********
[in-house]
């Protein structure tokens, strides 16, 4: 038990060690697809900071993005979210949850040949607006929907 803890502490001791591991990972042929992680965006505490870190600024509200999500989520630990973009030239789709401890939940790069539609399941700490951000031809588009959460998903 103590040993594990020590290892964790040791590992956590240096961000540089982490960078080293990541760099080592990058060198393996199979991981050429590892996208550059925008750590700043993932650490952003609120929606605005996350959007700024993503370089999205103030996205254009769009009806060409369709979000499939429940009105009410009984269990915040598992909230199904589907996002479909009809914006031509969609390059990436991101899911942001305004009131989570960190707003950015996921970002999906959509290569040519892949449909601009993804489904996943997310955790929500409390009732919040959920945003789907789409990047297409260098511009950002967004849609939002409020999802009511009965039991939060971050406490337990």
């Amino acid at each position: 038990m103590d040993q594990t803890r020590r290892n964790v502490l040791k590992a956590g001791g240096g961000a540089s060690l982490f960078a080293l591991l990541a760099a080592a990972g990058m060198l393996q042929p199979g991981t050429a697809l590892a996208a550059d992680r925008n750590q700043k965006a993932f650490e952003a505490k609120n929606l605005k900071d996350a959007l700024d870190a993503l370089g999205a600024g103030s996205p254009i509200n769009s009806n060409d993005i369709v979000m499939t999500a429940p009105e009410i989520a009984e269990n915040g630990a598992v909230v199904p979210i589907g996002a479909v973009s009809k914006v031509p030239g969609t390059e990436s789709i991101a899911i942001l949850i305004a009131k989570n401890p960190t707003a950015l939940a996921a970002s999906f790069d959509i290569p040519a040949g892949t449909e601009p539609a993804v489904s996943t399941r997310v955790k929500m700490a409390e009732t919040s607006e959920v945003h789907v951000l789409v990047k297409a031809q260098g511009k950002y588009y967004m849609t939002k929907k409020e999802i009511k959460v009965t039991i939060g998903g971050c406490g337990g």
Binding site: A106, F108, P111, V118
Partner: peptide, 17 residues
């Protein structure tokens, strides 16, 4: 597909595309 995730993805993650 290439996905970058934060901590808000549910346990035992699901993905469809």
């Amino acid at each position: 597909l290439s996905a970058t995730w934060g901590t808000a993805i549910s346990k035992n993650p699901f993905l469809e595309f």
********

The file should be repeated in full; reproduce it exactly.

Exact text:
[in-house]
């Protein structure tokens, strides 16, 4: 038990060690697809900071993005979210949850040949607006929907 803890502490001791591991990972042929992680965006505490870190600024509200999500989520630990973009030239789709401890939940790069539609399941700490951000031809588009959460998903 103590040993594990020590290892964790040791590992956590240096961000540089982490960078080293990541760099080592990058060198393996199979991981050429590892996208550059925008750590700043993932650490952003609120929606605005996350959007700024993503370089999205103030996205254009769009009806060409369709979000499939429940009105009410009984269990915040598992909230199904589907996002479909009809914006031509969609390059990436991101899911942001305004009131989570960190707003950015996921970002999906959509290569040519892949449909601009993804489904996943997310955790929500409390009732919040959920945003789907789409990047297409260098511009950002967004849609939002409020999802009511009965039991939060971050406490337990």
């Amino acid at each position: 038990m103590d040993q594990t803890r020590r290892n964790v502490l040791k590992a956590g001791g240096g961000a540089s060690l982490f960078a080293l591991l990541a760099a080592a990972g990058m060198l393996q042929p199979g991981t050429a697809l590892a996208a550059d992680r925008n750590q700043k965006a993932f650490e952003a505490k609120n929606l605005k900071d996350a959007l700024d870190a993503l370089g999205a600024g103030s996205p254009i509200n769009s009806n060409d993005i369709v979000m499939t999500a429940p009105e009410i989520a009984e269990n915040g630990a598992v909230v199904p979210i589907g996002a479909v973009s009809k914006v031509p030239g969609t390059e990436s789709i991101a899911i942001l949850i305004a009131k989570n401890p960190t707003a950015l939940a996921a970002s999906f790069d959509i290569p040519a040949g892949t449909e601009p539609a993804v489904s996943t399941r997310v955790k929500m700490a409390e009732t919040s607006e959920v945003h789907v951000l789409v990047k297409a031809q260098g511009k950002y588009y967004m849609t939002k929907k409020e999802i009511k959460v009965t039991i939060g998903g971050c406490g337990g």
Binding site: A106, F108, P111, V118
Partner: peptide, 17 residues
């Protein structure tokens, strides 16, 4: 597909595309 995730993805993650 290439996905970058934060901590808000549910346990035992699901993905469809």
């Amino acid at each position: 597909l290439s996905a970058t995730w934060g901590t808000a993805i549910s346990k035992n993650p699901f993905l469809e595309f």